The Hutsul people may have been relatively more affluent than some of their neighbours at one time and this meant they could afford slightly more sophisticated church structures. In the Ukrainian homelands there are some magnificent examples of elaborate Hutsul churches with very complex carpentry work. While there are many examples of churches in Canada that are essentially Hutsul in spirit, the Canadian versions tend to be much less elaborate in woodwork. In particular, the Canadian churches usually lack the opassania, an eve-like overhanging that is placed around the perimeter of the structure. While in the old country Hutsul churches were frequently built of log construction, the Canadian versions are generally of frame construction.
Hutsul churches in the old country are generally of the Greek-Cross floor plan, which is to say there are four arms of the cross that are of equal length. In Canada, however, the arm on which one finds the entrance (usually the west arm) is often slightly elongated. Possibly this is due to a western influence or possibly the elongation was required to accommodate pews (a western innovation). In some instances, parishes have needed to enlarge the structure to accommodate growth and the result was to build a substantial addition to the church making it into a Latin-Cross floor plan.
At the centre of the crossing of a Hutsul church is placed a large octagonal drum that is surmounted by a cupola that is itself frequently octagonal and open to the interior. The drum frequently has windows, which gives a sense of airiness to the interior. Sometimes the dome is more like a polygonal pyramid. A cross always surmounts the large central cupola, but there also may be smaller crosses mounted on some or all of the four extremities of the roofline (over the gables).
A fine example of the type of church built by Hutsuls can be found in St. Nicholas Greek Catholic Church in Hoshiw located in eastern Poland, just a stone throw from the Ukrainian border. The church is perched on a hill and looks like it could slide down it at any moment but this is normal for this semi-mountainous region. Note the opassania built around the perimeter of the church to protect the wood from rainwater. Also note the addition of tiny cupolas with crosses on each of the four arms of the Greek-Cross roofline.
- St. Nicholas Greek Catholic Church, Hoshiw, Poland – Hutsul style
Immediately obvious is a layering of embellishment in St. Nicholas Church, the likes of which is never actually achieved in Ukrainian-Canadian churches.
Nonetheless, one can feel the spirit of the Hutsul style in the diminutive church located in an outdoor museum near Shandro, Alberta. It originally was built in 1904 at Shishkovichi near Chipman, Alberta, where the Russian Orthodox Mission had served it. The church is so small that appears not much larger than its belfry.
- Hutsul-style Church located near Shandro, AB
In Stuartburn, Manitoba, one sees an example of the Hutsul spirit in Holy Trinity Ukrainian Catholic Church built in 1911. Note how an eight-sided pyramid caps the octagonal drum over the centre of the church. This is the second church of the parish, as an earlier church had been built in 1898 but it no longer exists. It is a tribute to the tenacity and spirituality of the Ukrainian settlers that they placed such importance on building a church so soon after coming to what was, at that time, practically a wilderness.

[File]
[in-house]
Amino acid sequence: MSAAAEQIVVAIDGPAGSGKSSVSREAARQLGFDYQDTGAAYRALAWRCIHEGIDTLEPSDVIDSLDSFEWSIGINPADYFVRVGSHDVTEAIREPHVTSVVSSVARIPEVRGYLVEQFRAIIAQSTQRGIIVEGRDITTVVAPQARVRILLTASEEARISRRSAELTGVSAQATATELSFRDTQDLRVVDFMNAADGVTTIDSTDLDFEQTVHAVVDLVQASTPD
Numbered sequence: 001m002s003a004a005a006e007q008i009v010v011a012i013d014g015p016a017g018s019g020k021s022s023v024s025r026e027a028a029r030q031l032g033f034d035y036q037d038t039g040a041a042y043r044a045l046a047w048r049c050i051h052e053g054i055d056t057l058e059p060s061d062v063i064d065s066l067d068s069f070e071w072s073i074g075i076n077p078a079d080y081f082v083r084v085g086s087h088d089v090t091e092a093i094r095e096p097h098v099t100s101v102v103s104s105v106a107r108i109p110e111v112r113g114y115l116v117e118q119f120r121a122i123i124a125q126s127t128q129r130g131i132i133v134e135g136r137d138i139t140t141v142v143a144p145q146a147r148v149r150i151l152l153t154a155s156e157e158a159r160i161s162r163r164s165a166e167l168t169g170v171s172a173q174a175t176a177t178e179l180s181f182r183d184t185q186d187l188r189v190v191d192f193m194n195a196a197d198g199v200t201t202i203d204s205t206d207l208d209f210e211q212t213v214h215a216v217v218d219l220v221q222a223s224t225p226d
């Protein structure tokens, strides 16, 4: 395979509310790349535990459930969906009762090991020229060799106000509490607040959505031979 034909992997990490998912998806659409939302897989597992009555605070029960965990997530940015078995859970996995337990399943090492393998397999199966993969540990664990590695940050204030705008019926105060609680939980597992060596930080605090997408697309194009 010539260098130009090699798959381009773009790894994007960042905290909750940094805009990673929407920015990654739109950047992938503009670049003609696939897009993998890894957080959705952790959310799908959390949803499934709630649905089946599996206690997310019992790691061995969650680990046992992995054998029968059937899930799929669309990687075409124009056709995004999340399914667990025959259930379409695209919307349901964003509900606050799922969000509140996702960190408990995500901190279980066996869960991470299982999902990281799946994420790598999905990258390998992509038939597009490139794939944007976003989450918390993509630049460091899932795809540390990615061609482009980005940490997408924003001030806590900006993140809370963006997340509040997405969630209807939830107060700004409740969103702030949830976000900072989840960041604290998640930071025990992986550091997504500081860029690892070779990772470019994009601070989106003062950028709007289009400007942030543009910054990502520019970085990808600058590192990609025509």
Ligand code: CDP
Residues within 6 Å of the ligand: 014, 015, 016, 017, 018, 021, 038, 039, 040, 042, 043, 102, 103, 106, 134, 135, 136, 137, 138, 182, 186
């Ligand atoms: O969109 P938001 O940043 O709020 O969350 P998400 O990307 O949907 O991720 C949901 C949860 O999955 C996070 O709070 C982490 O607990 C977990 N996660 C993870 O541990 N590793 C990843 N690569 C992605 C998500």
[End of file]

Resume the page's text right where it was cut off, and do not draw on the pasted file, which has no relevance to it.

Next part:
- Holy Trinity Ukrainian Catholic Church—Stuartburn, MB
While in Poplarfield, Manitoba, I snapped a photograph of St. Nicholas Ukrainian Catholic Church as it absorbed the rays of the setting sun. It is another church that draws on the spirit of Hutsul architecture. Note the little crosses over the narthex and sanctuary areas that are reminiscent of the tiny cupolas with crosses that grace the example of the church in Hoshiw, Poland. Settlers built St. Nicholas in Poplarfield in 1913; although Ukrainians first started homesteading in the area around 1910 or earlier.
- St. Nicholas Ukrainian Catholic Church – Poplarfield, MB
Three and a half miles southwest of Fenwood, Saskatchewan, is the location of Sts. Peter and Paul Ukrainian Catholic Church. The parish constructed the church in 1937 and it bears hints of the Hutsul style.
- Sts. Peter and Paul Ukrainian Catholic Church, Fenwood, SK
What makes Sts. Peter and Paul a particularly interesting specimen is the treatment of the dome. It is set on an octagonal drum and rises up in the form of an eight-sided pyramid. However, before the apex of the structure is met, the dome is crowned with a fancy wooden embellishment surmounted by a cross. While this is not the only church in Saskatchewan to use this technique, it is definitely not common.
- Detail of the central dome – Sts. Peter and Paul Ukrainian Catholic Church
In Gorlitz, Saskatchewan, St. Basil’s Orthodox Church is another example of a structure that takes some influence from Hutsul architecture. Nestled in among the trees, one notices in this church a bit of the layering of embellishment that marks the Hutsul style. In particular, it has tiny cupolas with crosses gracing each arm of the Greek-Cross roofline as seen in the example of St. Nicholas Church in Hoshiw, Poland. The parabolic central dome, however, is more reminiscent of the Kievan style with a lantern on its top.
- St. Basil’s Orthodox Church (OCA), Gorlitz, SK